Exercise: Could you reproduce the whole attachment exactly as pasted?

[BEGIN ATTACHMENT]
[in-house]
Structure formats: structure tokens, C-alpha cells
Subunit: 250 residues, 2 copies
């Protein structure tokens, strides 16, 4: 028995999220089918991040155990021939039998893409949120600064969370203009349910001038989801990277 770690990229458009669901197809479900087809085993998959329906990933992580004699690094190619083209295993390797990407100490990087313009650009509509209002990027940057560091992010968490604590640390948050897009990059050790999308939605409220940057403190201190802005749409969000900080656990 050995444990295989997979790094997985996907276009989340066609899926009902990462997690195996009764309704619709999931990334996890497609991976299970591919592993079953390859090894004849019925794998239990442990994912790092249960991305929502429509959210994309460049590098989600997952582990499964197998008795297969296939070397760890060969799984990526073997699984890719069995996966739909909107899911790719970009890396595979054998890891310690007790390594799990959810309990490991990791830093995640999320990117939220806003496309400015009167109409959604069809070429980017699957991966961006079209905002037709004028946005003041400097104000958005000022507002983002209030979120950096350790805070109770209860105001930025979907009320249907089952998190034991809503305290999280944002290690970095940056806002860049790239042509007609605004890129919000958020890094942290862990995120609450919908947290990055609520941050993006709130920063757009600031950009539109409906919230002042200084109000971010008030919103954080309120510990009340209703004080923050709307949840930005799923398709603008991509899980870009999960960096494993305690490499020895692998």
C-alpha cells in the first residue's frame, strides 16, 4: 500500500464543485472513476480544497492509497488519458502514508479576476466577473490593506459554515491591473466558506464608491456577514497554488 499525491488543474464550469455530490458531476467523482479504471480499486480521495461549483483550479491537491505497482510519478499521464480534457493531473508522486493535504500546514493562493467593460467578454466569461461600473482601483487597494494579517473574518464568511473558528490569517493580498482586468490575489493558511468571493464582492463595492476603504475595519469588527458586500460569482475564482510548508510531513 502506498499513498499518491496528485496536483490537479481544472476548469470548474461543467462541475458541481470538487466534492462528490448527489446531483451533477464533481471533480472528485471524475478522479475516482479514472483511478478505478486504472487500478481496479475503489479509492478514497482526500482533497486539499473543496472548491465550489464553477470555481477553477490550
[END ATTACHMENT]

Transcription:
[in-house]
Structure formats: structure tokens, C-alpha cells
Subunit: 250 residues, 2 copies
């Protein structure tokens, strides 16, 4: 028995999220089918991040155990021939039998893409949120600064969370203009349910001038989801990277 770690990229458009669901197809479900087809085993998959329906990933992580004699690094190619083209295993390797990407100490990087313009650009509509209002990027940057560091992010968490604590640390948050897009990059050790999308939605409220940057403190201190802005749409969000900080656990 050995444990295989997979790094997985996907276009989340066609899926009902990462997690195996009764309704619709999931990334996890497609991976299970591919592993079953390859090894004849019925794998239990442990994912790092249960991305929502429509959210994309460049590098989600997952582990499964197998008795297969296939070397760890060969799984990526073997699984890719069995996966739909909107899911790719970009890396595979054998890891310690007790390594799990959810309990490991990791830093995640999320990117939220806003496309400015009167109409959604069809070429980017699957991966961006079209905002037709004028946005003041400097104000958005000022507002983002209030979120950096350790805070109770209860105001930025979907009320249907089952998190034991809503305290999280944002290690970095940056806002860049790239042509007609605004890129919000958020890094942290862990995120609450919908947290990055609520941050993006709130920063757009600031950009539109409906919230002042200084109000971010008030919103954080309120510990009340209703004080923050709307949840930005799923398709603008991509899980870009999960960096494993305690490499020895692998």
C-alpha cells in the first residue's frame, strides 16, 4: 500500500464543485472513476480544497492509497488519458502514508479576476466577473490593506459554515491591473466558506464608491456577514497554488 499525491488543474464550469455530490458531476467523482479504471480499486480521495461549483483550479491537491505497482510519478499521464480534457493531473508522486493535504500546514493562493467593460467578454466569461461600473482601483487597494494579517473574518464568511473558528490569517493580498482586468490575489493558511468571493464582492463595492476603504475595519469588527458586500460569482475564482510548508510531513 502506498499513498499518491496528485496536483490537479481544472476548469470548474461543467462541475458541481470538487466534492462528490448527489446531483451533477464533481471533480472528485471524475478522479475516482479514472483511478478505478486504472487500478481496479475503489479509492478514497482526500482533497486539499473543496472548491465550489464553477470555481477553477490550